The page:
World’s 998th Little Free Library is in Everett

EVERETT — When Lori White’s neighbors need a book, they don’t have far to go.

At the corner of her north Everett yard is a library, built with the same spirit that propelled philanthropist Andrew Carnegie to start hundreds of libraries across the United States.

This one is just smaller.

This spring, White and her partner, Marc Baker, erected the world’s 998th Little Free Library, at the corner of 15th Street and Lombard Avenue.

The little library is part of a national movement started in Wisconsin meant to foster literacy and a stronger community.

Other little libraries are located in Freeland, Bothell and downtown Edmonds.

White saw a television news program on the effort and wanted to start one here.

“I looked at my partner and said, ‘That’s what I want for my birthday.’”

White, an office manager at a dental practice, believes in the power of a good book. She loves to read, preferring it over television in the evenings.

She insists that she’s not the owner of the library, just the steward.

“It does not belong to us,” she said. “It belongs to the neighborhood.”

A neighbor built the little library and then the couple unveiled it at a block party.

It looks like a tiny house on a pole.

Inside are two shelves: the top is labeled “folks” and, on a recent day, included novels by Frank McCourt, Dean Koontz and Anita Shreve.

The bottom shelf is for kids and held a mixture of favorites including a few classic Hardy Boys mysteries and “On the Banks of Plum Creek” by Laura Ingalls Wilder.

A sign fixed to the library suggests, “Take a book, return a book.”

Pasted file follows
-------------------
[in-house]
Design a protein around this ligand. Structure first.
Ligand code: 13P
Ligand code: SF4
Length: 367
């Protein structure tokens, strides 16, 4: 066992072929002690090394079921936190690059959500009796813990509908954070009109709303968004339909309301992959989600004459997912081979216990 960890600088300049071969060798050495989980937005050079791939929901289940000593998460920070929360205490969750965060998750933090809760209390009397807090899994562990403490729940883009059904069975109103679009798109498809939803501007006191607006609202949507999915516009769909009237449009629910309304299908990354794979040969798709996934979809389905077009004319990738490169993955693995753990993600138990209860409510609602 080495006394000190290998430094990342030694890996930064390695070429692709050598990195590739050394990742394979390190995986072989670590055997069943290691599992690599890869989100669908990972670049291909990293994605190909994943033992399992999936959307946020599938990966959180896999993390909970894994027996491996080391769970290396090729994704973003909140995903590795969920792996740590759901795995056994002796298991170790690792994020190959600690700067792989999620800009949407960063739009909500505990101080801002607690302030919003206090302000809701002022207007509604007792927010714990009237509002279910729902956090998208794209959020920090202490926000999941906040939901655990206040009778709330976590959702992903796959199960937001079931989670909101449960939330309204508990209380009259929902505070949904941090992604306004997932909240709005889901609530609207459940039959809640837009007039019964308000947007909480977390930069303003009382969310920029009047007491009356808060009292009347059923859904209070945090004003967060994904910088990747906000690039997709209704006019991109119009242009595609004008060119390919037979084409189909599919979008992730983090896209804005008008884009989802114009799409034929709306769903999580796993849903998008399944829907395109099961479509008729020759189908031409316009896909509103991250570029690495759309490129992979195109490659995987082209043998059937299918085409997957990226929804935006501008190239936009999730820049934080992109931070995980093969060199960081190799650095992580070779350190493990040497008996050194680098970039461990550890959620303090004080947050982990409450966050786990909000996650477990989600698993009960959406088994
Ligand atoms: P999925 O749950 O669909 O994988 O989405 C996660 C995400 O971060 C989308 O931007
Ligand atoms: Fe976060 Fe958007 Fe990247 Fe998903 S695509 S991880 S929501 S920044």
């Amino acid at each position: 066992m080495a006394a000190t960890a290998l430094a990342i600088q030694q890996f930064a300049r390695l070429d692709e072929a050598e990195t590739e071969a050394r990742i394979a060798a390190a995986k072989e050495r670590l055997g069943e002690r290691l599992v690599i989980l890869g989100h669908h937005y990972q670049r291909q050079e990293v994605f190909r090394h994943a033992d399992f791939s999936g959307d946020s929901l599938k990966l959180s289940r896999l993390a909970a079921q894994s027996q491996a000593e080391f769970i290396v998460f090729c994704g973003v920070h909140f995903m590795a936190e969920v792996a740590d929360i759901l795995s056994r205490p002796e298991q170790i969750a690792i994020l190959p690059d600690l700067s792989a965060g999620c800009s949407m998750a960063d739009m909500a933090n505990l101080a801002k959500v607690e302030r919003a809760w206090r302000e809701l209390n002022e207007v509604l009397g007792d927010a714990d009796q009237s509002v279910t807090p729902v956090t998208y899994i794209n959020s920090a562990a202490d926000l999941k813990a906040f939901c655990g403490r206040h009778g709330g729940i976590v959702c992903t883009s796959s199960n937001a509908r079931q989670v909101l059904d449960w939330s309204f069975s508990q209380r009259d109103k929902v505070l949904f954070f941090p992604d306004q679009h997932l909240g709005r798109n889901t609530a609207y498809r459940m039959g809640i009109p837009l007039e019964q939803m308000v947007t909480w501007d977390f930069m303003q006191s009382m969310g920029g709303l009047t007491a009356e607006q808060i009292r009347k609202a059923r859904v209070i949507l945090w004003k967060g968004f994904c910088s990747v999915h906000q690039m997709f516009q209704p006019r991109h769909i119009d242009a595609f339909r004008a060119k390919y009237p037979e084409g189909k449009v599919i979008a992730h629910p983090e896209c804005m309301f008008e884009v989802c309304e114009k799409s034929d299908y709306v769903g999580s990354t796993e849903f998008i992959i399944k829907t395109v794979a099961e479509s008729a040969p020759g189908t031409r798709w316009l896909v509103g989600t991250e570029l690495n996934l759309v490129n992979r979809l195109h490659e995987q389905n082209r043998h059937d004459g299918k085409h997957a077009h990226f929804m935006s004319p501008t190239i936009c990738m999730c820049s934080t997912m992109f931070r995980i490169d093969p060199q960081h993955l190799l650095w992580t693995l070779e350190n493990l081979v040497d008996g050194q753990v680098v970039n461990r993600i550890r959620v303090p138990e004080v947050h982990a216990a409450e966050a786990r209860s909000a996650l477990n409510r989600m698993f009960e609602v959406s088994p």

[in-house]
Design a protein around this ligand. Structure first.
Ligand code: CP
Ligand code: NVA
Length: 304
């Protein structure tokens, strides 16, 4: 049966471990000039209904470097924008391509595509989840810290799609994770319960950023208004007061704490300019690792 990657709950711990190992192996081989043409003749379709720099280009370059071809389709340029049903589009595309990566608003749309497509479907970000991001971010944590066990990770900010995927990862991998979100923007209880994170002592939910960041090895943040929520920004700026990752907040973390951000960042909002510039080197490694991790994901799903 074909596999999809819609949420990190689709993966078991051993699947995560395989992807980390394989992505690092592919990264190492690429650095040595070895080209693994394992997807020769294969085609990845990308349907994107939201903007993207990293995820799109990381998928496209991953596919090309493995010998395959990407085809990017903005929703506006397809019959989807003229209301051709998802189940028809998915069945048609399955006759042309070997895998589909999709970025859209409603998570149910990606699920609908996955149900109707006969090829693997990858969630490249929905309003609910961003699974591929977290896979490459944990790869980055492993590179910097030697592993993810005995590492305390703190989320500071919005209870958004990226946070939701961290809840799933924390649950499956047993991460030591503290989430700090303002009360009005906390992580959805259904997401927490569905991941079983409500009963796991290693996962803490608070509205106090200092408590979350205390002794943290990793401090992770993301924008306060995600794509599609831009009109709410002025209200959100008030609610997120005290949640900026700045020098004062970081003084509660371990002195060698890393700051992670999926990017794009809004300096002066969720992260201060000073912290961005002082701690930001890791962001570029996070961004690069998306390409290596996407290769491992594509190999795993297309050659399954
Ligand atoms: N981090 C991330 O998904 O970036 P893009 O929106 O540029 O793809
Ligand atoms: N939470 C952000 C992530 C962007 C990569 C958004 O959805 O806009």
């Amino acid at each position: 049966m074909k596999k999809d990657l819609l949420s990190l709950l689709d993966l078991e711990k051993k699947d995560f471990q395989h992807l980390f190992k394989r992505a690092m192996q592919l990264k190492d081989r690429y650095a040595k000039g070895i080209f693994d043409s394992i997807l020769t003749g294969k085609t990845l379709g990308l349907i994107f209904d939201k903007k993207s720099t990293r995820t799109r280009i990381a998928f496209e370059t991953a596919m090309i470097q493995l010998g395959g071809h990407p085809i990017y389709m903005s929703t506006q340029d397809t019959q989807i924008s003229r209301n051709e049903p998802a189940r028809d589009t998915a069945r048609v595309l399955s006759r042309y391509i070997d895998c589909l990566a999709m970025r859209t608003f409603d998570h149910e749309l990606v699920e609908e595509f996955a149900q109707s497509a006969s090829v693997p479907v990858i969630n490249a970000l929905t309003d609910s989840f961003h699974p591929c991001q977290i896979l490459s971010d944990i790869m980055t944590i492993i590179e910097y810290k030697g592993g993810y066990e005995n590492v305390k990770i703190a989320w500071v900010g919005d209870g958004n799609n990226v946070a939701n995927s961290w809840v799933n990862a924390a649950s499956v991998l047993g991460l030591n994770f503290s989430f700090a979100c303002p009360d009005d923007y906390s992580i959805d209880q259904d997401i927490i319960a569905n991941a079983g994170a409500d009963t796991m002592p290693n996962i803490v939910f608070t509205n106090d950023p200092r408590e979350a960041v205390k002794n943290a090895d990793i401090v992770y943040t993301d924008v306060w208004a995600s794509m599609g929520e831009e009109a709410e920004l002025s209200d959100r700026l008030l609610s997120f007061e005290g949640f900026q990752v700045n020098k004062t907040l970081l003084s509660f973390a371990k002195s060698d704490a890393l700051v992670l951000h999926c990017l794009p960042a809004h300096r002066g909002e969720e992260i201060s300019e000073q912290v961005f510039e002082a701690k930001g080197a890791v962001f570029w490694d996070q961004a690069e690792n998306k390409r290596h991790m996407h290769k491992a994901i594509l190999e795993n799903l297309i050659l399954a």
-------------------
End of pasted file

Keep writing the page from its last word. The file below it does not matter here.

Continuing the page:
The selection varies as people do just that, White said. The few times someone has tried to slip in a pamphlet or book with an agenda, she removes it.

It’s not about that, she said.

She’s stocked the library with books from her own home, including classics she read to her son as child such as “The Adventures of Tintin” and “The Stonecutter” by Gerald McDermott. She also picks up low-cost books used to stock the library.

And others leave books, too.

The little library has become an excuse for strangers to stop and chat, for a father to sit down with his daughters right on the curb and start to read to them.

No one has vandalized it.

Across the street Merlin and Margrite Verhoeven have lived in their tidy home for 38 years. Merlin, a hobby woodworker, built the little library from scrapwood and $4 worth of supplies.

“All I’ve heard is positive,” he said of the neighborhood’s reaction.

“It’s helped people open up and meet each other,” his wife agreed.

Margrite Verhoeven’s observed quite a few people stop and check out the library — even teenage boys.

“If it gets teenage boys to read, that’s a good thing,” she said.

The Little Free Library website includes instructions for how to build and register one.

That information, as well as locations of the libraries, can be found online at www.littlefree

More in Local News

Residents are helping turn Casino Road in a new direction

An initiative backed by a $700,000 grant goes to the community for solutions to the area’s challenges.

It’s hard to find a parking spot at Wallace Falls State Park

There’s a study under way on how to tackle that issue and others.

At long last, a church of his own

After years of filling in elsewhere, Hallack Greider is the new pastor at Maplewood Presbyterian.

Judge: Lawmakers’ emails, texts subject to public disclosure

News organizations had sued to challenge the Legislature’s claim that members were exempt.

Herald photos of the week

A weekly collection of The Herald’s top images by staff photographers and… Continue reading

Number of flu-related deaths in county continues to grow

Statewide, 86 people have died from the flu, most of whom were 65 or older.

2 names released from recent fatal crashes

Both men were killed earlier this month.

Man fatally shot in confrontation with deputies under US 2

No word yet on what led to the incident under the trestle east of Everett.

With an immigrant’s help, kids reach out to Filipino children

Marysville students drew and sent portraits. Thanks to a video, they got to see the reaction.

Most Read